The California Bankers Association and Beacon Economics Release California Banking Industry Intelligence Report
Report provides an overview of the banking sector, current interest rate environment and expected Federal Reserve action

Press release

Sacramento, Calif. — The California Bankers Association (CBA), one of the largest state banking trade associations, and Beacon Economics have released a fifth California banking report that examines important issues currently affecting California’s banks and the overall economy. The report is authored by Chris Thornberg, Ph.D., founding partner, and Jordan Levine, economist and director of economic research, at Beacon Economics.

This report begins with an overview of the banking and lending environment for 2013 including a look at economic trends, demand for credit and an outlook for banks, and it concludes with a review of the federal interest rate environment, money supply and Federal Reserve policy. Among the report’s key findings:

  • Despite a number of challenges in 2013, including the “fiscal cliff” and sequestration, the U.S. economy improved at a decent pace and saw acceleration during the second half of the year.
  • State and local governments continue to rebound, a trend even more pronounced in California where state and local government employment grew by more than 20,000 jobs between April 2013 and April 2014.
  • California’s economic growth outpaced the nation’s. The state’s economy grew by 2% in 2013, compared to the 1.8% growth throughout the nation. Employment growth during the first four months of 2014 suggests the state’s economy will grow even further.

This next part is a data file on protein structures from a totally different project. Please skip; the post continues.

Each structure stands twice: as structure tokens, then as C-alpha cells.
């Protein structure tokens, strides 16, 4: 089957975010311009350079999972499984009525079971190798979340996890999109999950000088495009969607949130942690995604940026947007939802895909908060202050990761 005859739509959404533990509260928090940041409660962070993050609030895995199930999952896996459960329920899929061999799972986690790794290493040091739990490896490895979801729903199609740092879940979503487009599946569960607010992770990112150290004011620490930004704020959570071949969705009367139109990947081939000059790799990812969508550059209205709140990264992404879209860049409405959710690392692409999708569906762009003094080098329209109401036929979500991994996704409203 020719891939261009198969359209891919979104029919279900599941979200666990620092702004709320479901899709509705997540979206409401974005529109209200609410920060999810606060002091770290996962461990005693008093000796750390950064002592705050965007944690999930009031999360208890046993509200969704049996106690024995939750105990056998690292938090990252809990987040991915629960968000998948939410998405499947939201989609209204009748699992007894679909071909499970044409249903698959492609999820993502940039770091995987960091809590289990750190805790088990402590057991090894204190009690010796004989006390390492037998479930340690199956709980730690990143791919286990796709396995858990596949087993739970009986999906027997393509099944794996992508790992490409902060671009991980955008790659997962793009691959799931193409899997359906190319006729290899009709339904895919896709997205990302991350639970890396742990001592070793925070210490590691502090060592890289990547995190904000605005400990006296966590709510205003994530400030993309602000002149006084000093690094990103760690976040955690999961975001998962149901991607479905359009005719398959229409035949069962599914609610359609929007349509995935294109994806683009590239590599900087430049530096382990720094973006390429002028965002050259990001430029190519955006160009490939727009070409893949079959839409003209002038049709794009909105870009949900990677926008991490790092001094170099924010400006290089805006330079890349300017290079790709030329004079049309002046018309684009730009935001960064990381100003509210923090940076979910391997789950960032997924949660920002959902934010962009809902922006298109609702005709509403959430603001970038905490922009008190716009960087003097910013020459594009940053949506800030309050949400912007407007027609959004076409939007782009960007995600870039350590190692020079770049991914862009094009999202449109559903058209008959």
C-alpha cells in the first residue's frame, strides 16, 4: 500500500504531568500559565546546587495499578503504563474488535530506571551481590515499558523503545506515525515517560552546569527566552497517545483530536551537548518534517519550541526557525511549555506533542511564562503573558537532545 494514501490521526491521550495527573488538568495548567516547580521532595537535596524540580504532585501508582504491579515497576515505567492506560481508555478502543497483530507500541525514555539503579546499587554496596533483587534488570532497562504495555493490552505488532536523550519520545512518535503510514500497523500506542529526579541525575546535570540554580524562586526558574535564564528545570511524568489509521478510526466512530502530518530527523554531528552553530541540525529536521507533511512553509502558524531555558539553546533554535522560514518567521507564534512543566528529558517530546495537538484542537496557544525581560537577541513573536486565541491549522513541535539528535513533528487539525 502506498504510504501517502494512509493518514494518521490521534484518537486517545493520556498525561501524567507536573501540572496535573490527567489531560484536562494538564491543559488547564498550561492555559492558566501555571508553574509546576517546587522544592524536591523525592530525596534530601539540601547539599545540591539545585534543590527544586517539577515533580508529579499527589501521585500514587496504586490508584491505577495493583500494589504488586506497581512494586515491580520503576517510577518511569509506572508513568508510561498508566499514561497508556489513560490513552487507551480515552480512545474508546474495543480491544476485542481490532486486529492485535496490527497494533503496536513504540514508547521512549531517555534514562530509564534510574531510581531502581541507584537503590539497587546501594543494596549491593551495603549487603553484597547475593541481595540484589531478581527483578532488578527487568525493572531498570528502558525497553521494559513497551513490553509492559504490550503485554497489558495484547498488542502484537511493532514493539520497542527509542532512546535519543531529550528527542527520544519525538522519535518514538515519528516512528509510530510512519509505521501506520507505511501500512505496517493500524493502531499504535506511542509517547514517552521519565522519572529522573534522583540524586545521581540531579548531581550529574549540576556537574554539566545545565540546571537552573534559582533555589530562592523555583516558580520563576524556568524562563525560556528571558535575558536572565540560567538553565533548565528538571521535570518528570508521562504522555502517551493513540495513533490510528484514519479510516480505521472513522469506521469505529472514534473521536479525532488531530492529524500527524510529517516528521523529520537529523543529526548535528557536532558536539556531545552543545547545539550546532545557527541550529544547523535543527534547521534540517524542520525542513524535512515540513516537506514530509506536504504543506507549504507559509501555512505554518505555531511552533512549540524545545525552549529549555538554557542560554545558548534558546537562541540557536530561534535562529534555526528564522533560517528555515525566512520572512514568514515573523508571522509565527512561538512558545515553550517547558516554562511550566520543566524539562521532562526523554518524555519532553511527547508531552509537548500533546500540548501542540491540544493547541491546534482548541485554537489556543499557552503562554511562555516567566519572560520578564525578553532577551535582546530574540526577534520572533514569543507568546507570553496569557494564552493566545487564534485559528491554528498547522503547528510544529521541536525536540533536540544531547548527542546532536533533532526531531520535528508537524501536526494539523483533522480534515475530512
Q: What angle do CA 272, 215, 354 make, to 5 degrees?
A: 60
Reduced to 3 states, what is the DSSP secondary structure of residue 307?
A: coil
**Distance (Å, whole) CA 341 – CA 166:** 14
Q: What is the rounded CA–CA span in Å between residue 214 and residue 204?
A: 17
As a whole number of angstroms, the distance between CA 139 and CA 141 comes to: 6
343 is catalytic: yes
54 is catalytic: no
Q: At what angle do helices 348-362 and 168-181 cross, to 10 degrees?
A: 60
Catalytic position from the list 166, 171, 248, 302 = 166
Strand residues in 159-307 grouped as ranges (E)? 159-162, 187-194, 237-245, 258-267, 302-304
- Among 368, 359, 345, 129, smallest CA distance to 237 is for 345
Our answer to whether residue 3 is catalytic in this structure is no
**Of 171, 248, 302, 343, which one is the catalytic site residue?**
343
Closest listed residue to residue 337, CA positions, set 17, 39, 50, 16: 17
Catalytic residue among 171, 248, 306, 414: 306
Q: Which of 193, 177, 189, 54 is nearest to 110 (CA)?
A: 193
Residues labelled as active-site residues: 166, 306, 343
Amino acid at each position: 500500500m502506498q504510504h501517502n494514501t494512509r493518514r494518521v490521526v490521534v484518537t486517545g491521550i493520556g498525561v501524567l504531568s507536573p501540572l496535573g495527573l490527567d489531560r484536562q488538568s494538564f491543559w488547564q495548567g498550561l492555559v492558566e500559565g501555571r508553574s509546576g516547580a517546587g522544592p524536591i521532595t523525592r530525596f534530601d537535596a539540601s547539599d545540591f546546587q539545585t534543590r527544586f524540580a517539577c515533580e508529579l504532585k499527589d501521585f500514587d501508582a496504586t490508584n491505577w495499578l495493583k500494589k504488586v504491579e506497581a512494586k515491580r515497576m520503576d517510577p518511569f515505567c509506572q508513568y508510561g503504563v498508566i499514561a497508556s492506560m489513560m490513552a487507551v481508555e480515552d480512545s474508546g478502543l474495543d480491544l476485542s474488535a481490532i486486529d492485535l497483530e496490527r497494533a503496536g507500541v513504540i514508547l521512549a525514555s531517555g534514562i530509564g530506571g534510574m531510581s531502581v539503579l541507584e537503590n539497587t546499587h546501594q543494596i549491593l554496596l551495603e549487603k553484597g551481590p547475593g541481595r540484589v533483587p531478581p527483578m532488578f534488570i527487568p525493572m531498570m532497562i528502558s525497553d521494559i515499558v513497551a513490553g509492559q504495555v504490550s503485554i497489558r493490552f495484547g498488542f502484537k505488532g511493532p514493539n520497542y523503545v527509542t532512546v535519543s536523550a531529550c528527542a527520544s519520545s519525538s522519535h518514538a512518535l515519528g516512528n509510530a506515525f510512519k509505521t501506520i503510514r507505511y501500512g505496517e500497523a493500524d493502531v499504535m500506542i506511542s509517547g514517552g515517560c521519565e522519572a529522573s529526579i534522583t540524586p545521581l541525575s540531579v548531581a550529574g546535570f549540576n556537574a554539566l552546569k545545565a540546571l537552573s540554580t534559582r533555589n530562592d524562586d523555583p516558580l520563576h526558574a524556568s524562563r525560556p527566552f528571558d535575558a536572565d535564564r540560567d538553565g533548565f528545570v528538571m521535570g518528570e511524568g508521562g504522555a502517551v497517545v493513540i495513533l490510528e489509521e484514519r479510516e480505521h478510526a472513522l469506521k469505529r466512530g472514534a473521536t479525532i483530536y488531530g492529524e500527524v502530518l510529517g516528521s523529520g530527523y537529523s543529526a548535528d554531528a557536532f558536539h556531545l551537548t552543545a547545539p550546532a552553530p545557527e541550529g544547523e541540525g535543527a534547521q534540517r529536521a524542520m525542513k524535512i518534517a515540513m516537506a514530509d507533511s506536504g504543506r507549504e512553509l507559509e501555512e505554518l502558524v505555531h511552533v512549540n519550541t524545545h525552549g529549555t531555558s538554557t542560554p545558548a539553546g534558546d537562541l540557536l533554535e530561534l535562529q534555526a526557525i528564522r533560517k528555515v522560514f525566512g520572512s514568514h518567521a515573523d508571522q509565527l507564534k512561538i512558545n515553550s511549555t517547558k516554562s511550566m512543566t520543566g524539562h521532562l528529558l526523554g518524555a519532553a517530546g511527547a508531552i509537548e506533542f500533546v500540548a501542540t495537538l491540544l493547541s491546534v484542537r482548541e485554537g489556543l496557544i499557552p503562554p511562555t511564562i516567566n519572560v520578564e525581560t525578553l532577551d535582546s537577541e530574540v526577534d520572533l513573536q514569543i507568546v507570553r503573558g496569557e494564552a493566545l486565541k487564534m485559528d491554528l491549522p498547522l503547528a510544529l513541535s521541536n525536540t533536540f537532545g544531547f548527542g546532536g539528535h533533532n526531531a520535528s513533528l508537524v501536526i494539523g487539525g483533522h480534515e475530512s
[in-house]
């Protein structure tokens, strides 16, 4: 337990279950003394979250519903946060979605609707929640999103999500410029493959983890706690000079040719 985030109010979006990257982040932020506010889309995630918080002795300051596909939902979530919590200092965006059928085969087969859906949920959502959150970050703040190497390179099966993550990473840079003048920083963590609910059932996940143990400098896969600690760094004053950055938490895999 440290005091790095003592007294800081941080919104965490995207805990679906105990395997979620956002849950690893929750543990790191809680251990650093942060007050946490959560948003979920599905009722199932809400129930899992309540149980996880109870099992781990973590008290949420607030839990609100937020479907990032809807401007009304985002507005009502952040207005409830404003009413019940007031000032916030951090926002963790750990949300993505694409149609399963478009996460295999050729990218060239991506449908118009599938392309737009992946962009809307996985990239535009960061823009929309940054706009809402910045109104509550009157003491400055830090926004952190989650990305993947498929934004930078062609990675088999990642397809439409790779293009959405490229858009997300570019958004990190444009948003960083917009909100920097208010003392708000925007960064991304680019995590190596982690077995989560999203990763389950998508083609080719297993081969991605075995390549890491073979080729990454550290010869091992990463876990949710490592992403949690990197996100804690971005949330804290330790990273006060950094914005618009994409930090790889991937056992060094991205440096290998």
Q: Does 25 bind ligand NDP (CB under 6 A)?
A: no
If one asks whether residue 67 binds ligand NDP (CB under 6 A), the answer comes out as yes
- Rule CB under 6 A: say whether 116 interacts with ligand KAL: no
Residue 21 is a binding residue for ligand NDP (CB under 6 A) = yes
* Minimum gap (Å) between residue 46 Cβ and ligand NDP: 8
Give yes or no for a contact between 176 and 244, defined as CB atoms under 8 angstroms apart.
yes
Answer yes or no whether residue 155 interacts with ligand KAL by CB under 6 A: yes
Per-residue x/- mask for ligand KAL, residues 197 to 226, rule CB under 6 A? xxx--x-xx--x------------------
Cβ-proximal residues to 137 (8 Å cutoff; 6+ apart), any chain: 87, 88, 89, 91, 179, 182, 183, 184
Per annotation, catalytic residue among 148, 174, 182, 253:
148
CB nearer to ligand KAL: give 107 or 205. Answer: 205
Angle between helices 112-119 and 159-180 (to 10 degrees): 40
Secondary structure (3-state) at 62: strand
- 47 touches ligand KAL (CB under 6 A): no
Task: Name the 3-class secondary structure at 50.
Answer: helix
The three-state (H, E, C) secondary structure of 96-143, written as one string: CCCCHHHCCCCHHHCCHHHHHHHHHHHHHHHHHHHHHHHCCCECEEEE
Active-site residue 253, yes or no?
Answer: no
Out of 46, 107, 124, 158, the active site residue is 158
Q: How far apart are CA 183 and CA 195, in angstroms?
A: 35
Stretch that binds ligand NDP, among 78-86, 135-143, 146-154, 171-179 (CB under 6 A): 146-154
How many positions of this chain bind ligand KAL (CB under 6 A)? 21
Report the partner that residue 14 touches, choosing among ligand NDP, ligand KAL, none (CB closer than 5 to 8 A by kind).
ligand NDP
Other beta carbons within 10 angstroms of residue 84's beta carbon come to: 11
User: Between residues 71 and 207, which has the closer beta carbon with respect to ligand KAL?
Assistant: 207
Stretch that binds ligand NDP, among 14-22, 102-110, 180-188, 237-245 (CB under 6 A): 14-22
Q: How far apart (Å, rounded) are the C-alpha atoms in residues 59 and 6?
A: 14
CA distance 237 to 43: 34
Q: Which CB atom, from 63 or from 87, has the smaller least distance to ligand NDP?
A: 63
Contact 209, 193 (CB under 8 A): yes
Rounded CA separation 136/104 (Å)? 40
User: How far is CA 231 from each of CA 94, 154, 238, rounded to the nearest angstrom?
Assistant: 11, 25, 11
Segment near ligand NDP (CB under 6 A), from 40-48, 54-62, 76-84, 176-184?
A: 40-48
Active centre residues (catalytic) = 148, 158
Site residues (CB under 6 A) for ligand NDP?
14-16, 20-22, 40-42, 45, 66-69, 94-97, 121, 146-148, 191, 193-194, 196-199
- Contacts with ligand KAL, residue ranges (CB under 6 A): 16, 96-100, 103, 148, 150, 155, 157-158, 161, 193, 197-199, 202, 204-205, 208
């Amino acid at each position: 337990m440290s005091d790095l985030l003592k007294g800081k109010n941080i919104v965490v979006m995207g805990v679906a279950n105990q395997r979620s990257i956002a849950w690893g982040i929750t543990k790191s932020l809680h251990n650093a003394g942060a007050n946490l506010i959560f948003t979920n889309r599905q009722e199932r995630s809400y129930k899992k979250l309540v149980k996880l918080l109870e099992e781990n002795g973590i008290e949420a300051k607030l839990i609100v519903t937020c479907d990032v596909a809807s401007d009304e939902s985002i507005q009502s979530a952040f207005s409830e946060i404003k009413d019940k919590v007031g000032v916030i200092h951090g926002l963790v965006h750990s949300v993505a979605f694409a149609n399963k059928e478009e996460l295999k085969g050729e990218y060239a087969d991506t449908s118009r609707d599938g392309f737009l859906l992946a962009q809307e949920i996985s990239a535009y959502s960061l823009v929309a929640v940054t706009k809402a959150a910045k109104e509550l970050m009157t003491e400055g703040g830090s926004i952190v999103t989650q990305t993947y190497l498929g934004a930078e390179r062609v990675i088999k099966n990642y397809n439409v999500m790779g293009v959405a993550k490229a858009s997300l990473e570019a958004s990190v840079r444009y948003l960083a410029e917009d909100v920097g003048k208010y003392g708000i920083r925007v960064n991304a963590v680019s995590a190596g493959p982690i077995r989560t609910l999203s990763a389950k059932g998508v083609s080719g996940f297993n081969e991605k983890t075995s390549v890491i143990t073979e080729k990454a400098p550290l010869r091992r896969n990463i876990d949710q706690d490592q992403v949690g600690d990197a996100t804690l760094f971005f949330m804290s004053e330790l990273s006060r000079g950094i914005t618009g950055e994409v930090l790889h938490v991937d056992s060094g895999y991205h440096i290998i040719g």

• As the economy gains momentum the demand for credit has increased. After growing at approximately 5.5% in 2012, growth in lending averaged 7.8% at California-based banks in 2013. Outstanding bank credit at California-based banks reached an all-time high, $340 billion in net loans and leases, during the fourth quarter of 2013.
  • Single family mortgage lending in California also increased by nearly 12% last year.

The report also details how the fundamentals of bank balance sheets are also much improved over the past year. Net charge-offs were virtually non-existent last year with approximately 0.03% of total lending charged off at California-based banks.

“As evidenced by the findings in this report, we are seeing a significant increase in loan volumes at California-based banks, proving the point that banks are making loans to qualified borrowers. Meanwhile, banks are much healthier now than at any other point since the Great Recession in 2008,” said Rodney Brown, president and CEO of the California Bankers Association.

The report concludes with observations from the report’s authors about impending action from the Federal Reserve. The authors do not anticipate interest rates moving up much during the next two years. They write that the Fed is on schedule to start slowly adjusting short-term rates with a modest hike in the Federal Funds Rate early next year.

Please contact Beth Mills to schedule a media interview with the study authors.

About the California Bankers Association (CBA)

Established 123 years ago, the California Bankers Association (CBA) is one of the largest state banking trade associations in the country. CBA leads the way in developing relevant educational and legislative solutions to some of California’s more pressing financial and banking issues, including financial empowerment, identity theft, financial privacy, and financial elder abuse. CBA’s membership includes the majority of California’s commercial, industrial and community banks and savings associations. For more information, visit

About Beacon Economics, LLC

Beacon Economics, LLC is an independent economic research and consulting firm with offices in Los Angeles and the San Francisco Bay Area. The firm delivers economic analysis and data sites that help their clients make informed, strategic decisions about investment, growth, revenue, policy, and other critical economic and financial issues. Their nationally recognized forecasters were among the first to predict the collapse of the housing market and foretell the onset and depth of the economic downturn that followed. Core areas of expertise include economic and revenue forecasting, market and industry analysis, economic impact studies, economic policy analysis, and international trade analysis.